Tensions and tempers run high with only two days left at the 19th Conference of Parties (COP 19) and tremendous pressure for the annual climate summit to deliver substantive outcomes.
Members of the G77+China, a group of 133 developing countries have walked out of the negotiations on ‘loss and damage’ at dawn today, amidst growing frustration at the intransigence of the EU, Australia, Canada, US and other developed countries on the issue of who should pay compensation for the effects of extreme climate events. The developed countries insist that this issue be addressed only after 2015.
An international mechanism on loss and damage will help countries address the impacts of extreme events - such as super typhoon Haiyan, which struck the Philippines almost two weeks ago - the enormity of which would make it difficult for them to adapt to.
Representatives from the G77+China bloc said that they have been very flexible in order to reach an acceptable outcome, and up until the wee hours of the morning, there was some progress in the negotiations. Australia then made a motion to put all the agreements in brackets, again putting everything on hold. At this point, the G77+China decided that it was time for the ministers attending the 19th Conference of Parties (COP 19) to make a political decision.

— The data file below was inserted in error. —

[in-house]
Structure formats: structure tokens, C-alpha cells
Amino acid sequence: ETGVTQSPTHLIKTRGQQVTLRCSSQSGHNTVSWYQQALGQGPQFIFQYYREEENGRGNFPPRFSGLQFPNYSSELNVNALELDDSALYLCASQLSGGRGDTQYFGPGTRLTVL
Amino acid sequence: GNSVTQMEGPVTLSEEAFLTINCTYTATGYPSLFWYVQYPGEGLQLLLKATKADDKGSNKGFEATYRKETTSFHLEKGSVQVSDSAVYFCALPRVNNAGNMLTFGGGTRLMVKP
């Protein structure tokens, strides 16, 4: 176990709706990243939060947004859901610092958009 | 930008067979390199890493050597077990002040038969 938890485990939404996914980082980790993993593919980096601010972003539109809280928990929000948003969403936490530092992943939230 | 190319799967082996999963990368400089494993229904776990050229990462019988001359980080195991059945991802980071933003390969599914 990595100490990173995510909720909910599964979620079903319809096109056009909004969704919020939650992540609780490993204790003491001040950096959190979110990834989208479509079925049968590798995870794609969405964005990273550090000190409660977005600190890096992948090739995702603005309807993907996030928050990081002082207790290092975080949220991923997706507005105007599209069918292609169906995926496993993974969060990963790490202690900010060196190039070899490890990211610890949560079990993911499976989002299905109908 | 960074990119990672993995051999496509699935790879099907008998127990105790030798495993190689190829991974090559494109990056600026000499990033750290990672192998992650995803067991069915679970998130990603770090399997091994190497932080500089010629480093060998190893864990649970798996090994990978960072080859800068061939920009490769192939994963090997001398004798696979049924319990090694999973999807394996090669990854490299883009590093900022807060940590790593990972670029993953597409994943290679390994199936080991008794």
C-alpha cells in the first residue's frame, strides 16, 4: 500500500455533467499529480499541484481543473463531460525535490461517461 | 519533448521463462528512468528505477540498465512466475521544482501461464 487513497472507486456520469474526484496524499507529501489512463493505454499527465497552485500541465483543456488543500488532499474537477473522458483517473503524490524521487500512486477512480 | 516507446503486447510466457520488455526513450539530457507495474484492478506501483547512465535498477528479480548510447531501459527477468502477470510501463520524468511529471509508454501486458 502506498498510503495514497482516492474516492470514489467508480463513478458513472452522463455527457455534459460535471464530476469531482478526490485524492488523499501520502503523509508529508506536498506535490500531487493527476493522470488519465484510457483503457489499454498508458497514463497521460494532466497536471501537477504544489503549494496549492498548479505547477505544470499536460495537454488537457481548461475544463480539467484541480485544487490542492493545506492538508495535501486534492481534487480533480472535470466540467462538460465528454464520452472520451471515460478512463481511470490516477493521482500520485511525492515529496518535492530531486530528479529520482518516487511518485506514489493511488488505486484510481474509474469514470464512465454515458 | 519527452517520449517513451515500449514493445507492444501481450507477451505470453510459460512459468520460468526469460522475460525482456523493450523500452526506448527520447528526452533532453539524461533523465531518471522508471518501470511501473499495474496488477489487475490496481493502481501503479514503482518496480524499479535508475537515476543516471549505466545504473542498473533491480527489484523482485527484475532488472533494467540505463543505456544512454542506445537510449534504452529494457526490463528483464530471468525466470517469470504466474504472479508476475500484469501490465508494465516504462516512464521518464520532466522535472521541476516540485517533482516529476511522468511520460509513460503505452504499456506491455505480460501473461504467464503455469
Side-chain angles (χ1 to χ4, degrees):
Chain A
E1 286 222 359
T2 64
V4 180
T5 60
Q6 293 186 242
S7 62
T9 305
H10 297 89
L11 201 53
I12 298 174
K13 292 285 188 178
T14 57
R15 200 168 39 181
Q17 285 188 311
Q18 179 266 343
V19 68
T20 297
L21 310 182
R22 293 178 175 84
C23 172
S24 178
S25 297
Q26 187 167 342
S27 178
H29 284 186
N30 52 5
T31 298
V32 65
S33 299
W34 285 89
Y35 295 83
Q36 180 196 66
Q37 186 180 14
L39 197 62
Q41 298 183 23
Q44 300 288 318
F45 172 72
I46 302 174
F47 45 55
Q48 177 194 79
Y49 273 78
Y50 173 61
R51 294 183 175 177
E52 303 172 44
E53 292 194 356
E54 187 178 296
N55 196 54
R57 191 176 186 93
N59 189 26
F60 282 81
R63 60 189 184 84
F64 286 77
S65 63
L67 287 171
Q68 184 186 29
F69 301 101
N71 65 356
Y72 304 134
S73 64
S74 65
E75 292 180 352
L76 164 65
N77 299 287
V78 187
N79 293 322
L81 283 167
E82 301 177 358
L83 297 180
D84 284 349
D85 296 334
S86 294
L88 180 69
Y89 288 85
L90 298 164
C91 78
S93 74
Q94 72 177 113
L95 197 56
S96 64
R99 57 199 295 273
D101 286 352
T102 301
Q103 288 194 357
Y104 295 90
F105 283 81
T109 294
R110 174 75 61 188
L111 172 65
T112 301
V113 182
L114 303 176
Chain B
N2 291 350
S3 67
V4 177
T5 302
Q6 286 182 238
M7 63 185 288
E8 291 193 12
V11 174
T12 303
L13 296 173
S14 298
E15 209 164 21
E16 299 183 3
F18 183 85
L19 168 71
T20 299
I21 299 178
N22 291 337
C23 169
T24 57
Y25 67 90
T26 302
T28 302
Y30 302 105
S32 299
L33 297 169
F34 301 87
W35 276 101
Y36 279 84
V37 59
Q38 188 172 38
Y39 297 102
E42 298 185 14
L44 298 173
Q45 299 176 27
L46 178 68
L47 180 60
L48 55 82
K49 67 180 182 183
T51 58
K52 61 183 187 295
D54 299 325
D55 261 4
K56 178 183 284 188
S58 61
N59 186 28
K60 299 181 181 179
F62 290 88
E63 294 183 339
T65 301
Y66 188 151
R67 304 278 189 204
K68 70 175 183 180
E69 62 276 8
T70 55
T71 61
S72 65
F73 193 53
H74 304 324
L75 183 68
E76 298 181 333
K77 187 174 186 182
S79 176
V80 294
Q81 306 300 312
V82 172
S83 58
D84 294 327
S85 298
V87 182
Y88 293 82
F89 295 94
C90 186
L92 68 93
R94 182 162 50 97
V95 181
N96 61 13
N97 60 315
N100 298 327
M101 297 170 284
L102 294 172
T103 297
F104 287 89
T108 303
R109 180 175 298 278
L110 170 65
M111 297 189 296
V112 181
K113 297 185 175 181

Mr. Marcin Korolec, Poland’s Environment Minister and COP 19 President, immediately sought an audience with key actors in the G77+China group, to help diffuse tensions and seek a productive way forward to the negotiations. Negotiations on loss and damage have resumed tonight, and is expected to make some progress after the impasse.
The high level segment of the international climate talks has also gone full swing with two ministerial dialogues on the COP/CMP and on climate finance.
The Philippines’ Climate Change Minister Lucille Sering made an impassioned speech at the COP/CMP plenary session, stressing that almost two decades after the UN Climate Change talks began, there is still lack of progress in developing global actions against climate change.
“Every time we attend this conference, I am beginning to feel like we are negotiating on who is to live and who is to die. Would it be right for me to conclude that we failed miserably?” she said.
Meanwhile, UN Secretary General Ban-Ki Moon, speaking at the Ministerial Dialogue on Climate Finance, stressed on the need for ‘bolder’ targets to scale up climate finance and to ‘break down all barriers’ to achieve the large scale transformation necessary to keep below 2 degrees Celsius global temperature rise.
The Green Climate Fund, the operating entity of the UN Climate Convention, remains an empty shell, with very conservative pledges made by developed countries, but without actual commitments given towards its capitalization and operationalization.